|[ Excerpt from The Science of Yoga, page 191 ]
Smt. Yogacharini Meenakshi Devi Bhavanani remarked that, when doing yoga, the first thing that one must be become aware of is "just how unaware they are!"
Most people may assume that because they are cognisant of some of the movements and physical activity around them, because they can carry on a conversation with another person, because they get good grades in school, because they can dress themselves, hold down a job and otherwise function on a day to day basis without dying, that they must be in possession of the faculty of awareness.
Yes, there is some gross awareness required to achieve these things, but the notion that this is awareness would be a stretch of the term according to the yogis.
But how do we become aware of how unaware we are? It sounds like a real paradox! Our ancient Rishis were well aware of this dilemma. The system of yoga that they created is the way to overcome it -- a step by step process that enables the unfolding of greater and greater levels of awareness.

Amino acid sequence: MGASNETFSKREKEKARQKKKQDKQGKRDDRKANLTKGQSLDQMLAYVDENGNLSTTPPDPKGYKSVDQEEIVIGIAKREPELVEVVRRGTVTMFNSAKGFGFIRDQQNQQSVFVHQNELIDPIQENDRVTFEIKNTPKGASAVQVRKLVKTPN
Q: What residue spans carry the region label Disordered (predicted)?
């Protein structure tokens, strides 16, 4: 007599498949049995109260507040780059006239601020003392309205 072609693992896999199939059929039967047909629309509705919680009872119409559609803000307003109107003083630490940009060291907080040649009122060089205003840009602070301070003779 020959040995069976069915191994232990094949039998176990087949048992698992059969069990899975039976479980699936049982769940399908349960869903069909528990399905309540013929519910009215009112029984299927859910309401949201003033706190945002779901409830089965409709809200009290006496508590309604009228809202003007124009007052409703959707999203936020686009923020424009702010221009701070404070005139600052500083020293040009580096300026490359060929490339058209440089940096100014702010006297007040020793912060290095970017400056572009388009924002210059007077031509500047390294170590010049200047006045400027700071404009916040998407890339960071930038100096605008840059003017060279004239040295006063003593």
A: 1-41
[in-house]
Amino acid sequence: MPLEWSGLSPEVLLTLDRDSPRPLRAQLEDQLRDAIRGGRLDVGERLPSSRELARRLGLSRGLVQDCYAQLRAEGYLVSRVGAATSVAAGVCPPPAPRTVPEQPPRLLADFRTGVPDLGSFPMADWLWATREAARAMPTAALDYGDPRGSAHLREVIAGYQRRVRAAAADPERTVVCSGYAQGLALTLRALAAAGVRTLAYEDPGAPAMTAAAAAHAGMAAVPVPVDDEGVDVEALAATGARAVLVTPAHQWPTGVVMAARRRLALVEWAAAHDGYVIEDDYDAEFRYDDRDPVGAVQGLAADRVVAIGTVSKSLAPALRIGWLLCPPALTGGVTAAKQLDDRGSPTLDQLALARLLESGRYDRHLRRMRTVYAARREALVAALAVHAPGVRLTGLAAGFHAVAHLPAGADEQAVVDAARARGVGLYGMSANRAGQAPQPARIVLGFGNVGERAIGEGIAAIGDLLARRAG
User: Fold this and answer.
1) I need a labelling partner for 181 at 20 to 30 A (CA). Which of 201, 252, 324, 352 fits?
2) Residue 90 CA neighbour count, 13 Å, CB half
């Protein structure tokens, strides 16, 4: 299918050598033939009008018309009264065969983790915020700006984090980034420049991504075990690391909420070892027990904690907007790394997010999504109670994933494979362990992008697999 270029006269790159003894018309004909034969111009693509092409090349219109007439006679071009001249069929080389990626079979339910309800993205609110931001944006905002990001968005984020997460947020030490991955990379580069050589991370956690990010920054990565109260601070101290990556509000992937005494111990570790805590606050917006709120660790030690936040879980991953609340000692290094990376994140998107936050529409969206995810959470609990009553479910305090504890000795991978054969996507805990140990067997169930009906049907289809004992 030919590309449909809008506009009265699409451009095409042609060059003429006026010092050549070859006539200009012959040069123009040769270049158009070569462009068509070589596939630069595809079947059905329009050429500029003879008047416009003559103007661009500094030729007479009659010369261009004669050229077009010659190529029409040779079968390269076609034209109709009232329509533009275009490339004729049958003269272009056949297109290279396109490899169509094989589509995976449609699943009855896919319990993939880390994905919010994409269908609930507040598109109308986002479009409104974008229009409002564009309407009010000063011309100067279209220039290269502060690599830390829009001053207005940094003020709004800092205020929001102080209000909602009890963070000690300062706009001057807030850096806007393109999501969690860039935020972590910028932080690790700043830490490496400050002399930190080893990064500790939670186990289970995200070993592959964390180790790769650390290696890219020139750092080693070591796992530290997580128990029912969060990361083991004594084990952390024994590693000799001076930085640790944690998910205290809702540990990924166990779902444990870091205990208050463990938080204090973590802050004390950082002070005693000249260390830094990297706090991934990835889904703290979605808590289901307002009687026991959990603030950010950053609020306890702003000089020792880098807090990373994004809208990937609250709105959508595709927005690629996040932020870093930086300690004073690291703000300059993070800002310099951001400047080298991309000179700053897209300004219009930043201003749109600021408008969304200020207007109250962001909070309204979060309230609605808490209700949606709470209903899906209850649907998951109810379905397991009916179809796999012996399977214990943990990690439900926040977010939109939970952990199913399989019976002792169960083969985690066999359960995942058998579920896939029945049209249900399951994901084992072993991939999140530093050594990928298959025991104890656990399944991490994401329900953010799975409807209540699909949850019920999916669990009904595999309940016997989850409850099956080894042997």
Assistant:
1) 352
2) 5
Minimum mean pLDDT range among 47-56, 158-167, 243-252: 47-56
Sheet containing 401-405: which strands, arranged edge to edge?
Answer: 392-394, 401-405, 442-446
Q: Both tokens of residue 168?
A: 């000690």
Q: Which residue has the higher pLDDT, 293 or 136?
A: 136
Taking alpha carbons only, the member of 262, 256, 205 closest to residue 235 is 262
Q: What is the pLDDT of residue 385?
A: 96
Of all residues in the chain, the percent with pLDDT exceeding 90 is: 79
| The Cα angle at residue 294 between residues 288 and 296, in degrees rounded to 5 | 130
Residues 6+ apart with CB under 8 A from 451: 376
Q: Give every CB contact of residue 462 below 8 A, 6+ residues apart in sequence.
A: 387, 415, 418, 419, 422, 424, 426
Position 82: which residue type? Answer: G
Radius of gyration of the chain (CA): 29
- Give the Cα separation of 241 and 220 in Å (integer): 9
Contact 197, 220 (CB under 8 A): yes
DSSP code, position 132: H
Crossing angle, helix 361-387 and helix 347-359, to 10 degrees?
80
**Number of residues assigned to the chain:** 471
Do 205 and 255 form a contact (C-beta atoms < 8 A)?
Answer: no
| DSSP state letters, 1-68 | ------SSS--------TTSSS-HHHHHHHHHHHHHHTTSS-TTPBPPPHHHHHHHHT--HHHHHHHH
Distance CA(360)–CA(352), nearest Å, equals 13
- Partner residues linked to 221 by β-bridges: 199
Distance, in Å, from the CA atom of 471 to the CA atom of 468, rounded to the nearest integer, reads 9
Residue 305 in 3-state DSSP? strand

As we have already begun to understand, this science of yoga is a means for conscious evolution—for speeding up the natural process of the 'many returning to the one' -- of the jiva, the eternal soul, cycling through its innumerable incarnations on its journey back to the Divine state of oneness with the Supreme.
Awareness is fundamental to a conscious effort toward evolution. We can't perform any task successfully if we are not truly aware of what we are doing. Having awareness is a necessity for the observance of yama and niyama. In order to adjust our behaviours, we must be aware of not only what they are, by 'why' they are.
Mastery of yama and niyama is paramount to the higher life, therefore the cultivation of awareness, and development of subtler and subtler degrees of awareness is the cornerstone of evolution -- that upon which the stability of the entire structure of the spiritual life rests.
Yoga teaches us four stages, or four levels of awareness which are essential to our ability to practice yama and niyama, and to follow specifically what Sage Patanjali refers to as kriya yoga -- the last three niyamas: tapasya, swadyaya, and ishwara pranidhana...
NOTE: This yoga article is an excerpt from The Science of Yoga, an online yoga training program with streaming yoga videos and 600 pages of step-by-step yoga instruction.
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